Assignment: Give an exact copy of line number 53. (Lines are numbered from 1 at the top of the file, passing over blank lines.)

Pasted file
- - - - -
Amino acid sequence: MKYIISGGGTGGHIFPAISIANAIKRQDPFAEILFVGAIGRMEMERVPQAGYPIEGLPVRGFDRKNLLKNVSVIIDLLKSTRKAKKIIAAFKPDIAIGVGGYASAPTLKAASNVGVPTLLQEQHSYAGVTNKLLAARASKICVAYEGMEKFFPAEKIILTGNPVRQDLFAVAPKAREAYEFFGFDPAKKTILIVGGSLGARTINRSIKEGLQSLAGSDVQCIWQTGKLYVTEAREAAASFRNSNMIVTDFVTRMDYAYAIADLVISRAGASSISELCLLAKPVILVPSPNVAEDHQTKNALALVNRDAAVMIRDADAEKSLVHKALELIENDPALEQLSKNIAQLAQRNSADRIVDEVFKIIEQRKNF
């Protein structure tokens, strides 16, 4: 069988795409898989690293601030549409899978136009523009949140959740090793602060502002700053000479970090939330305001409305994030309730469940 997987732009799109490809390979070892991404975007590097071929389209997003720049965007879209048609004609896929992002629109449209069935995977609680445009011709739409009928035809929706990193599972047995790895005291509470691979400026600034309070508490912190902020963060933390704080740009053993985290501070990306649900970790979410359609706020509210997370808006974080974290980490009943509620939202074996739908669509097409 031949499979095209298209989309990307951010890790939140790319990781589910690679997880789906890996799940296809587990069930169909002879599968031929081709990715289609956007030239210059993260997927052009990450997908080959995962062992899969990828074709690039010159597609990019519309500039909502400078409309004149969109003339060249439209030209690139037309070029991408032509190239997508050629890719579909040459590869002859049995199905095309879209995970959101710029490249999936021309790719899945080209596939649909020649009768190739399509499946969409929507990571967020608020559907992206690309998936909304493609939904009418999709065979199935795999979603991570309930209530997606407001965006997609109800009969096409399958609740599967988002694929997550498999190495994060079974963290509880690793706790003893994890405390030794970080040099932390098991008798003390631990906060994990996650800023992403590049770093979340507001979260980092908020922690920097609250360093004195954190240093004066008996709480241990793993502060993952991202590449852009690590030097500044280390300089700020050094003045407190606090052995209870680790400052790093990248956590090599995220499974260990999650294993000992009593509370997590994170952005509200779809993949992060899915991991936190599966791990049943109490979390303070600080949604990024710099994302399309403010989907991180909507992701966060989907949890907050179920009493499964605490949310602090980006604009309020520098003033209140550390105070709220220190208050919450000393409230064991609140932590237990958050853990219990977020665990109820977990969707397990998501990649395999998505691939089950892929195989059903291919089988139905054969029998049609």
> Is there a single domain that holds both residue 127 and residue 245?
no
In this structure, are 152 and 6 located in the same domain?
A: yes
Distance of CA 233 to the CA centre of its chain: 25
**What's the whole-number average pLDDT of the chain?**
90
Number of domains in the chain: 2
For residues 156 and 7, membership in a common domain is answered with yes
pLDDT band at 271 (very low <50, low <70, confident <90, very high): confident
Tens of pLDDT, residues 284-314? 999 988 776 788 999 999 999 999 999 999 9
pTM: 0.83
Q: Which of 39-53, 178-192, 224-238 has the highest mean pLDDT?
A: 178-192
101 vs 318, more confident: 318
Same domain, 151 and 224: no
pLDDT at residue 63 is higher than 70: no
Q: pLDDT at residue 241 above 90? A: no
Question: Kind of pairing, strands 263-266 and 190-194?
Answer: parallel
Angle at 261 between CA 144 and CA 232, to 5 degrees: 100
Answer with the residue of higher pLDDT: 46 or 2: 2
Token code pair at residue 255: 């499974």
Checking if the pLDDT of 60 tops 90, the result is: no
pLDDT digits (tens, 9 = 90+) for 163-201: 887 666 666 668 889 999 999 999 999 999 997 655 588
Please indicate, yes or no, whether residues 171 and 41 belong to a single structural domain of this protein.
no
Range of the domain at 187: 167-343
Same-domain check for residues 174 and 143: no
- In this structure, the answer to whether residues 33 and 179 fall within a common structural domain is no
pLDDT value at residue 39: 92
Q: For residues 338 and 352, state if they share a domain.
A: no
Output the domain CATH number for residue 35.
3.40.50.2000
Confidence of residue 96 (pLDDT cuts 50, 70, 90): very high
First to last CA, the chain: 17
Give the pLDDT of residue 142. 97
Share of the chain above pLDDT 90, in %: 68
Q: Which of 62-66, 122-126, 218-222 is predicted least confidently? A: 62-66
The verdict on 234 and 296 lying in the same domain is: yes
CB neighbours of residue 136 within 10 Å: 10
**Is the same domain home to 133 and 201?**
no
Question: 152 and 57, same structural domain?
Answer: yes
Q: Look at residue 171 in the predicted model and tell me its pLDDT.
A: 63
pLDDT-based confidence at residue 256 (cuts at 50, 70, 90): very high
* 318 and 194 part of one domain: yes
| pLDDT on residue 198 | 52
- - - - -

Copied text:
| pLDDT on residue 198 | 52